Stephen II of Croatia
|King of Croatia|
|Died||December 1090, or beginning of 1091|
|Buried||Church of St. Stephen, Solin|
|Royal house||House of Trpimirović|
Stephen II (Croatian: Stjepan II) (died 1091) was the last member of the Trpimirović dynasty and last native Croatian king to rule the entire medieval Croatian Kingdom. Stephen's father was Častimir, the younger brother of Peter Krešimir IV of Croatia.
He was due to succeed Peter Krešimir IV, but was sidelined by the people and clergy in 1075 who instead bestowed the title of king to Demetrius Zvonimir, previously a ban in Slavonia. Demetrius Zvonimir was a member of the junior Svetoslavić branch of the House of Trpimirović (descendants of Svetoslav Suronja). By the time Dmitar Zvonimir died in 1089, Stephen was old and seriously affected by ill health. Nevertheless, he assumed the throne after being persuaded by the aristocracy and clergy.
Stephen's rule was relatively ineffectual and lasted less than two years. He spent most of this time in the tranquility of the monastery of Sv. Stjepan pod Borovima (St. Stephen beneath the Pines) near Split. Zvonimir's widow, Queen Jelena, reportedly plotted the inheritance of the Croatian Crown for her brother, King Ladislaus I of Hungary.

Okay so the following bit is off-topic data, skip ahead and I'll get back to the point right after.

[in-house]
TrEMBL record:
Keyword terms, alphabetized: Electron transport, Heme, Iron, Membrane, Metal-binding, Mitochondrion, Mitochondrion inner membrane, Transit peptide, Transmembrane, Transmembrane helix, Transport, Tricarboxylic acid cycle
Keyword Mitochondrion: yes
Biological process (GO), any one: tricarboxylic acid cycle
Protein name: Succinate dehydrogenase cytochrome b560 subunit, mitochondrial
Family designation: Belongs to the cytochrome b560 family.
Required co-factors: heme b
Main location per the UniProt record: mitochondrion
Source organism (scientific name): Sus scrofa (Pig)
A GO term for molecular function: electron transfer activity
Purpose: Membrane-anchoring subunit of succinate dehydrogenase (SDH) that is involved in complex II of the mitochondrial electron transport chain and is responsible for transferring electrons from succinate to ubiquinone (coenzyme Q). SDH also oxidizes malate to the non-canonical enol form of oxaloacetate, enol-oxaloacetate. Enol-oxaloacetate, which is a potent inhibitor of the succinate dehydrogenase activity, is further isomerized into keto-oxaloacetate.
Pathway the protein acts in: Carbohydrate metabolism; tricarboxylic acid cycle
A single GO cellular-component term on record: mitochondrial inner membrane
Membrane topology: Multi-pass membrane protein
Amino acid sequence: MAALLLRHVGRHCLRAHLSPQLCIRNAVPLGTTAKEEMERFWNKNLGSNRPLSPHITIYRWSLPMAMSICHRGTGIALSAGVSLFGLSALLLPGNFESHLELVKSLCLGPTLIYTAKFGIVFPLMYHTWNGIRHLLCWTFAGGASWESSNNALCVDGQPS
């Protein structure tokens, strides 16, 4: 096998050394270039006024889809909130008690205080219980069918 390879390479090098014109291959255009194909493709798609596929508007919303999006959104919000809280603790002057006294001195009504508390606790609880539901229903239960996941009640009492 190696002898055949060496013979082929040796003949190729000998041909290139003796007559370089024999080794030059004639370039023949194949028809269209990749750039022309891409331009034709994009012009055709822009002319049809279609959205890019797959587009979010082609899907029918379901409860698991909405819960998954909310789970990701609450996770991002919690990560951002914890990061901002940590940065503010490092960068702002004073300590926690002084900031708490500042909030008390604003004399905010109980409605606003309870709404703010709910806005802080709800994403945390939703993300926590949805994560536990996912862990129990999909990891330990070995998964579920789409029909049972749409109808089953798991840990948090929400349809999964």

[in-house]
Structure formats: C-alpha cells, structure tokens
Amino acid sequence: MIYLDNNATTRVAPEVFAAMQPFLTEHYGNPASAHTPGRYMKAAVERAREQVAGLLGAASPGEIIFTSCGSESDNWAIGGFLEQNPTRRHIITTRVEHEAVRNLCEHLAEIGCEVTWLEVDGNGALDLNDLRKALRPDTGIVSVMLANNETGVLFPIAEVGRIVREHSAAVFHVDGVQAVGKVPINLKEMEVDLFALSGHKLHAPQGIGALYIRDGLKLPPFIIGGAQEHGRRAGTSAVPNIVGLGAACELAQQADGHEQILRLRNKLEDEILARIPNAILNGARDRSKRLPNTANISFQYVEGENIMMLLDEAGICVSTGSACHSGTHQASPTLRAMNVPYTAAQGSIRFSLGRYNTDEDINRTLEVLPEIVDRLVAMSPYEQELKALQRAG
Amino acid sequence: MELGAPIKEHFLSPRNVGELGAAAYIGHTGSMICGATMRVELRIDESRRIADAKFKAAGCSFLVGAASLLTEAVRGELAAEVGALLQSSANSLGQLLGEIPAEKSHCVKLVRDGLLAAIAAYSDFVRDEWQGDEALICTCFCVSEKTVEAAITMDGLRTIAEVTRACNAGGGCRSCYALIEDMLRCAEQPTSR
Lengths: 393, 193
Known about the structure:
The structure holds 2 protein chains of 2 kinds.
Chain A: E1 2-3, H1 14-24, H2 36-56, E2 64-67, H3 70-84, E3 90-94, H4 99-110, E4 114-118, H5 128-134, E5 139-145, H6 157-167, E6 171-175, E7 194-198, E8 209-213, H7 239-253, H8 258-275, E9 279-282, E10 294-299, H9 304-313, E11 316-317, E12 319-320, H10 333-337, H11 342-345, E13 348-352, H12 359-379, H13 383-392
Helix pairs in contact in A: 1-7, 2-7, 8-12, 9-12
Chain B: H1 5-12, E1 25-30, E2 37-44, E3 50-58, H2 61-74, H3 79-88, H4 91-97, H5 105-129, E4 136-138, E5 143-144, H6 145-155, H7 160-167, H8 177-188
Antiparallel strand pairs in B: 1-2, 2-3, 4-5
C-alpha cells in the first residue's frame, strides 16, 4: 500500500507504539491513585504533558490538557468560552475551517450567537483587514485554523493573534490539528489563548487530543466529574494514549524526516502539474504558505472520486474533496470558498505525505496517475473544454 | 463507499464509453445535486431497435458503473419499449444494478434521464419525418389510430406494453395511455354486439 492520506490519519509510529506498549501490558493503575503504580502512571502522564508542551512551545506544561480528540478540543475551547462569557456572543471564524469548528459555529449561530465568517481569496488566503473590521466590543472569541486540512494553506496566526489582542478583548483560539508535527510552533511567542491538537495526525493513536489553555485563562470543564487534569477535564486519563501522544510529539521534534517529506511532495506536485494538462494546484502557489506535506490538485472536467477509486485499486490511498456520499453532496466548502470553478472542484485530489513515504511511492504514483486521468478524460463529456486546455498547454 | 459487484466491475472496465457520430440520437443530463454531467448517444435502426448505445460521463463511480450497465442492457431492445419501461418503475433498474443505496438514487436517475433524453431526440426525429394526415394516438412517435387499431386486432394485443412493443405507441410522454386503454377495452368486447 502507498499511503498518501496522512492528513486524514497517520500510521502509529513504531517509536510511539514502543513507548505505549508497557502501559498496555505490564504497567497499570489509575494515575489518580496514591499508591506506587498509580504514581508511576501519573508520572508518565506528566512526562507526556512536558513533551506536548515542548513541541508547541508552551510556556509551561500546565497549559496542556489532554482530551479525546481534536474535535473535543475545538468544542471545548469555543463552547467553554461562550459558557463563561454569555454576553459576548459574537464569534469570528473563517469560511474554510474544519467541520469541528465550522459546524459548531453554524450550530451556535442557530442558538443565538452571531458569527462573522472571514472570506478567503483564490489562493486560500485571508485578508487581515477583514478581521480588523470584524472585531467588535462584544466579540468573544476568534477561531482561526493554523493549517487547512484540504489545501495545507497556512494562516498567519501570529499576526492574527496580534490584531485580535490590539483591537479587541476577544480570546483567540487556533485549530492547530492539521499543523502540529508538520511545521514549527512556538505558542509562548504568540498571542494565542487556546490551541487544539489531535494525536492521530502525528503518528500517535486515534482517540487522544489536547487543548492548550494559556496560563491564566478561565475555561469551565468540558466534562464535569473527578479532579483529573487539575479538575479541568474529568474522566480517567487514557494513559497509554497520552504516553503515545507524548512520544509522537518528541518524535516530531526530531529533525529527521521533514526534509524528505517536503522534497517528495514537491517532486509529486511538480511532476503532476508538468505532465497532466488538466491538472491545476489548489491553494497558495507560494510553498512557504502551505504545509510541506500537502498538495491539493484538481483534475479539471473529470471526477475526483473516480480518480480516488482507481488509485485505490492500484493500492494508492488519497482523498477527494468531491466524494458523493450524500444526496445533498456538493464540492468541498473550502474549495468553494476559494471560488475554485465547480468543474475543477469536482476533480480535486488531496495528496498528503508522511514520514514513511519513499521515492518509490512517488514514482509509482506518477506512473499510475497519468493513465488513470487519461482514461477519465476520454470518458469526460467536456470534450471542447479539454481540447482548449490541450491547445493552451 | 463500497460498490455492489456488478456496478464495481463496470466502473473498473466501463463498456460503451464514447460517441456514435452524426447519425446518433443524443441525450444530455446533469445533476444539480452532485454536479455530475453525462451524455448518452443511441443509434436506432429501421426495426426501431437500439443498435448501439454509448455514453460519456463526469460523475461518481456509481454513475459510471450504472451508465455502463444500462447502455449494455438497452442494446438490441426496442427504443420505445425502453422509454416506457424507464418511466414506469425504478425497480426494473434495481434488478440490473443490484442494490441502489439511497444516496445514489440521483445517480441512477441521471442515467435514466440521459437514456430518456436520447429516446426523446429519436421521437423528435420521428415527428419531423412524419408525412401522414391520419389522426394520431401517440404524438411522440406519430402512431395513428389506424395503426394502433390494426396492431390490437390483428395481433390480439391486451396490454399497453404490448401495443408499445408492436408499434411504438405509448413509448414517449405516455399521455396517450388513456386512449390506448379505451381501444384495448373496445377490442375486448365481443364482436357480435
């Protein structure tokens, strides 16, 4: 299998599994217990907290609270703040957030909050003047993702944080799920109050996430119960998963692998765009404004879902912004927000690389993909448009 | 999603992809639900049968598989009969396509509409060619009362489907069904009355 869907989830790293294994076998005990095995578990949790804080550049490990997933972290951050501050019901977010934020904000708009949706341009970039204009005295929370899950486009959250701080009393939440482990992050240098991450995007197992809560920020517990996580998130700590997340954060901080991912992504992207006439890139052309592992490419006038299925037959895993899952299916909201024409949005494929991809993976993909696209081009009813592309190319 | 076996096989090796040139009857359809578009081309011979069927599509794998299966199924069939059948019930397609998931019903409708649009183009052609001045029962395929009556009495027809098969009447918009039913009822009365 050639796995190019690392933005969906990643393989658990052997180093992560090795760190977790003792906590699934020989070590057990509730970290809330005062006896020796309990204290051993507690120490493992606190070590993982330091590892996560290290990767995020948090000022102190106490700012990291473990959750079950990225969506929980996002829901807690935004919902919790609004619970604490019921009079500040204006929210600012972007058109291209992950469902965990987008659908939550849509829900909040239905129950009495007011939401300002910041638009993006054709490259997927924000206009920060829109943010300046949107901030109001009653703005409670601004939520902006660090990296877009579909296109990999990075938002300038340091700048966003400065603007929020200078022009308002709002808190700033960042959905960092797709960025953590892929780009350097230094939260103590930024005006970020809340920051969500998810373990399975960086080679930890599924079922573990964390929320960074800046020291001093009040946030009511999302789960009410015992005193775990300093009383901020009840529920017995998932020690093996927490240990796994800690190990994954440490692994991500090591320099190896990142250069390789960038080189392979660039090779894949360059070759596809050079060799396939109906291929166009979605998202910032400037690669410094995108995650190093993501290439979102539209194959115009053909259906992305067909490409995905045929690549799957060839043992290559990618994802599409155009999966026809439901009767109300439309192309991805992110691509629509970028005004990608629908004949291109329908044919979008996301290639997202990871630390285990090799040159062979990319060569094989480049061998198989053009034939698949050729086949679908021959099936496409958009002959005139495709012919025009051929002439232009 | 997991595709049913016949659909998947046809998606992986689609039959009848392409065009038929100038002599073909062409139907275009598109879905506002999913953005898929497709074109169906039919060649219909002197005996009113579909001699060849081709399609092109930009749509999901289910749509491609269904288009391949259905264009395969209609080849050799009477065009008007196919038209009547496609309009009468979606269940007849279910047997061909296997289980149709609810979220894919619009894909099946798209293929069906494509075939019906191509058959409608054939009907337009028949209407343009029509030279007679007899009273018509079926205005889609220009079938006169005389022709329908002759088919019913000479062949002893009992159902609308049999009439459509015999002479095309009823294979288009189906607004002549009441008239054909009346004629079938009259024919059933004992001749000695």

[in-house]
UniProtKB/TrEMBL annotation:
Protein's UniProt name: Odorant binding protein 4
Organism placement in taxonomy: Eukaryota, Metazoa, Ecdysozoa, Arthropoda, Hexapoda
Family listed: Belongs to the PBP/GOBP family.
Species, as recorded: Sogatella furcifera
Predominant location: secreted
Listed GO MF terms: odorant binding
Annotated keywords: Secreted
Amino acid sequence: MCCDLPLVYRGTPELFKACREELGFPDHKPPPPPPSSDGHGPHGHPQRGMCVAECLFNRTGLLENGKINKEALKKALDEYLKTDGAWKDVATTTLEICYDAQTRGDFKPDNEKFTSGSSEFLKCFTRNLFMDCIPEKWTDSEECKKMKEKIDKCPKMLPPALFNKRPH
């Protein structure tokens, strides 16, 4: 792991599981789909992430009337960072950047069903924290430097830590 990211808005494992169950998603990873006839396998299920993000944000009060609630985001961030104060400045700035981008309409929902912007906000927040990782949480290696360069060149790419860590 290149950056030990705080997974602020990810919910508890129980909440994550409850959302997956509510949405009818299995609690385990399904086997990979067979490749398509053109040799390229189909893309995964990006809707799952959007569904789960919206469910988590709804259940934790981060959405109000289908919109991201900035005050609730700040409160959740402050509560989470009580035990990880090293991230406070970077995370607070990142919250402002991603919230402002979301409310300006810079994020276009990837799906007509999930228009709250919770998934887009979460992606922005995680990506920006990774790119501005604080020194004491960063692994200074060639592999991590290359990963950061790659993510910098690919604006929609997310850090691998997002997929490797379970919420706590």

Stephen II died peacefully in December 1090, or at the beginning of 1091, without leaving an heir. War and unrest broke out in Croatia shortly afterward, with the southern nobility electing Petar Svačić as King of Croatia in 1093, immediately entering into conflict with the Hungarian king Ladislaus. The war culminated in the Battle of Gvozd Mountain in 1097 leading to a personal union of Croatia and Hungary in 1102, ruled by Coloman.
|King of Croatia
- Stjepan II (1089 - 1091)
- List of Croatian rulers PDF, University of Michigan
- Ladislav Heka (October 2008). "Hrvatsko-ugarski odnosi od sredinjega vijeka do nagodbe iz 1868. s posebnim osvrtom na pitanja Slavonije" [Croatian-Hungarian relations from the Middle Ages to the Compromise of 1868, with a special survey of the Slavonian issue]. Scrinia Slavonica (in Croatian) (Hrvatski institut za povijest – Podružnica za povijest Slavonije, Srijema i Baranje) 8 (1): 152–173. ISSN 1332-4853. Retrieved 16 October 2011.